Residual Luck of the Design

Organic--a most beloved word, of seemingly everyone in the twenty-first century. This vegetable is organic. This shampoo is organic. These boots are organic. We want organic community. We want organic inspiration. The promise of organic is that of something real in a decaying world of artifice and farce. Like Montag in Fahrenheit 451 being confronted by Clarisse's joie de vivre, we yearn to taste the rain and find it sweet and smell the leaves and find them like cinnamon. But how do we get it?


I remember once having a discussion with a pastor about church community. He wanted to dissolve the church's discipleship groups, opposing the stifling structure of curriculum and the contrived connections. I, a profound lover of structure, was taken aback at his claims that gospel community would happen "organically". By organic he meant naturally, without an artificial structure. His approach proved to be a failure, as did mine.


While organic means a lack of chemicals/artificial, not every chemical-free garden flourishes. Some gardens, completely void of artificial help, wither into dry husks of good intentions. A flourishing, chemical-free garden must be cultivated to create a system that nourishes itself.


Twyla Tharp writes in The Creative Habit: "There's a paradox in the notion that creativity should be a habit. We think of creativity as a way of keeping everything fresh and new, while habit implies routine and repetition. That paradox intrigues me because it occupies the place where creativity and skill rub up against each other," (Tharp 9).


The question then arises for the creative (aspiring, closeted, or otherwise engaged) of how to set up the system that you have been placed in to nourish you.


I have wanted to be a writer for a long time, and I have been waiting for the ideas, opportunities, and works to drop out of heaven. I pined, staving off jealously with distraction in teaching and academic pursuits. If I were to be like Keats, Shelley, and Byron, the ideas should just come, right? It didn't, and so I surmised that I was not a writer. The pre-packaged fully formed writing life did not organically appear. The wisps of inspiration evaporated into resignation of an uncreative life.


Years passed, and my self-assurances that Milton didn't start writing till he was middle aged (so I had time) faded, and I felt like Dorothea Brooke beholding her husband Casaubon, expecting the likes of Milton, and realizing that there is actually nothing there but putterings and mutterings.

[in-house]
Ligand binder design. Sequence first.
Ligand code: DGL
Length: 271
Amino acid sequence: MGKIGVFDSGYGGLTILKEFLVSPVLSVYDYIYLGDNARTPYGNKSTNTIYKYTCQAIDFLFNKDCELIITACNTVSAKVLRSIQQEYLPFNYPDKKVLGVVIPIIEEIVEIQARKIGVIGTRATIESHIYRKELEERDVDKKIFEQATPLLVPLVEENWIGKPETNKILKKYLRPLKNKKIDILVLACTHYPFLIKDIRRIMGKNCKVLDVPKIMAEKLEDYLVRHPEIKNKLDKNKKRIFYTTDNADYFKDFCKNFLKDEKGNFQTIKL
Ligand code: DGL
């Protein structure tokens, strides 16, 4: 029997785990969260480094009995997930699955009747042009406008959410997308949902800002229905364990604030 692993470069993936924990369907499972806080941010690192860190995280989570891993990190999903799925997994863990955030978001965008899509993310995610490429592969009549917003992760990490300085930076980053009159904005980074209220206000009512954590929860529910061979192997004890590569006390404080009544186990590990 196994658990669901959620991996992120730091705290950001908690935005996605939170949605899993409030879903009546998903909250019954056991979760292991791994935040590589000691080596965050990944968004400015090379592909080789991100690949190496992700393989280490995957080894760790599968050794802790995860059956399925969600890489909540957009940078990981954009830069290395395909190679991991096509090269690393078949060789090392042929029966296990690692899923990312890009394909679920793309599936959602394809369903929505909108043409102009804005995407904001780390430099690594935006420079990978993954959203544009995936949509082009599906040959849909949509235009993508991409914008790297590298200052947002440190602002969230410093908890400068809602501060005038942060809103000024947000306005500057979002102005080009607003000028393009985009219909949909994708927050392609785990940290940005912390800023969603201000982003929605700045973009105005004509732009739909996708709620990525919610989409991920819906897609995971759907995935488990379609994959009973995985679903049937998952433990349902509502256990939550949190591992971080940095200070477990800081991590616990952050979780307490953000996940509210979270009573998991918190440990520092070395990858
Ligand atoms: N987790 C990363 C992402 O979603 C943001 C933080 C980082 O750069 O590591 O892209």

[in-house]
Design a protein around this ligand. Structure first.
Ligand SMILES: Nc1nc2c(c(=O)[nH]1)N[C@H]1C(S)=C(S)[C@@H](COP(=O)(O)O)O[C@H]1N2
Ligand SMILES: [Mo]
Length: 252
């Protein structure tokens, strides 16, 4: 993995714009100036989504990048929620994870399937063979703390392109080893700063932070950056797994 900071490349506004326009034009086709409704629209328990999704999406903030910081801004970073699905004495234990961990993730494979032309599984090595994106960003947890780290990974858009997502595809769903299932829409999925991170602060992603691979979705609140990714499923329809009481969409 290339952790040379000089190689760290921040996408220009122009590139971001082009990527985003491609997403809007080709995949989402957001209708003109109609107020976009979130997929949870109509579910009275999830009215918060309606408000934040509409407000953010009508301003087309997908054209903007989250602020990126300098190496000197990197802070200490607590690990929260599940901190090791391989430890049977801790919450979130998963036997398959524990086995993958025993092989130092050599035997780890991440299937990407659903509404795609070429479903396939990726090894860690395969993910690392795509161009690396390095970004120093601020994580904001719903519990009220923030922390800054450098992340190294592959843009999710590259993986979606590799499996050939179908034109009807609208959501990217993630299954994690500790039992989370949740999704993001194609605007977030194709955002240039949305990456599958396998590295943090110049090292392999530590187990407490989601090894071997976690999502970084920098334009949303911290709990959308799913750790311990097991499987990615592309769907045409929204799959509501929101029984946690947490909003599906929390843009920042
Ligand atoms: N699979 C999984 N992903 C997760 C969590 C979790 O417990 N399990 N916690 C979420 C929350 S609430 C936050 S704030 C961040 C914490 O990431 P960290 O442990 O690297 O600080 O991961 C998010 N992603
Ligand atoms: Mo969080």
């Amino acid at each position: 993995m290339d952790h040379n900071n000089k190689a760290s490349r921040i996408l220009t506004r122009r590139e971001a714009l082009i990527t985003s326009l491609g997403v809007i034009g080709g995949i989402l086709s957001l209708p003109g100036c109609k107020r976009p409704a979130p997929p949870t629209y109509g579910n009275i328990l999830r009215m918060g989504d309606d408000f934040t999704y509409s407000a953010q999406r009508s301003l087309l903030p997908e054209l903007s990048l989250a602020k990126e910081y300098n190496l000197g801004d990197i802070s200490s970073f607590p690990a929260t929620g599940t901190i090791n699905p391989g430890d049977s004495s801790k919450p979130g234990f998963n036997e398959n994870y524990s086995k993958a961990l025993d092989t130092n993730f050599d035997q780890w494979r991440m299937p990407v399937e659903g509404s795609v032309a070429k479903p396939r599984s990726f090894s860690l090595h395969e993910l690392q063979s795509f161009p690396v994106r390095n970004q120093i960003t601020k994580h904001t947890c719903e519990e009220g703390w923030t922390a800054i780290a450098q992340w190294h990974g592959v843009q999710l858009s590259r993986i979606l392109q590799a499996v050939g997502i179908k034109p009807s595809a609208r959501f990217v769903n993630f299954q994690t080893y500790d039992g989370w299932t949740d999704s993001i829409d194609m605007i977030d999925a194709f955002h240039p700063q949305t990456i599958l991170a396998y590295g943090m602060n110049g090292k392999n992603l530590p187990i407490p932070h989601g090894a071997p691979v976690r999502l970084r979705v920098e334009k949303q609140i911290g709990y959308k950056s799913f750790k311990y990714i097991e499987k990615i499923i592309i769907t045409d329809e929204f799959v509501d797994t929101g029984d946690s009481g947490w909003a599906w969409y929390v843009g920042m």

And then Noelle, my very own Dickens-esque resurrection (wo)man, dragged me into Coffee and Creatives, and I started creating. It happened! But it was laborious and slow, and after a lot of investment of time and effort I started producing writing that I deemed acceptable to share with the general posterity.


So how do we create a system that nourishes us? Each person's system is as different as they. However, our humanity gives us at least some parameters of what makes a nourishing system.


  1. Truth: we need the painful, freeing truth in both our interior and exterior life. This may mean a sage, insightful friend, candid self-reflection, and/or a rich prayer life. But truth is at the heart of each great artwork, and so we need to be bathing ourselves in truths about ourselves and reality.

  2. Connection to God: John Calvin contended that our nature is a perpetual factory of idols. We will either find our rest in right relationship with God or we will have an unending activity of making lesser, life-stealing gods. Even (especially?) art can become an idol, consuming you the author and the work itself in a skewed sense of what should be worshipped. This damages our souls and by extension our our art.

  3. Love of self: I have struggled with this truth will continue to do so for the foreseeable future, but recognizing and celebrating yourself is important in finding your voice and your work. The penchant for self-love to mutate into ravaging egoism makes me hesitant to even swim in these waters, but the stoicism that offers itself as a balm is really just another form of self-obsessive worship. Truly knowing and loving self in the security of connection to God heals souls and foments the vulnerable confidence to create.

  4. Solitude: as a natural outflowing of self-love is solitude and introspection. Milton writes that solitude is sometimes the best society. To know and create is not necessarily to be a hermit, but creativity is eked out of a contemplative life that has regular times being alone with your thoughts and opening up and experiencing your feelings.

  5. Routines: if you build it they will come. Construct a schedule that sets the steadily-crafting habits to create. The inspiration may not strike for months, but, as Twyla Tharp says, you must prepare to be creative.


In looking at the structures in your life, think of ways you can hear truth, connect to God, love yourself (enough to take time to listen to yourself), and set habits to practice creativity.

Milton writes that "luck is a residue of design". The world we seek is not a wilderness or a wasteland, but a cultivated garden. Perhaps not a garden of the freakish, overly designed variety of Versailles, but a garden nonetheless, watered, fed, de-weeded, and ready for the sunlight of inspiration.




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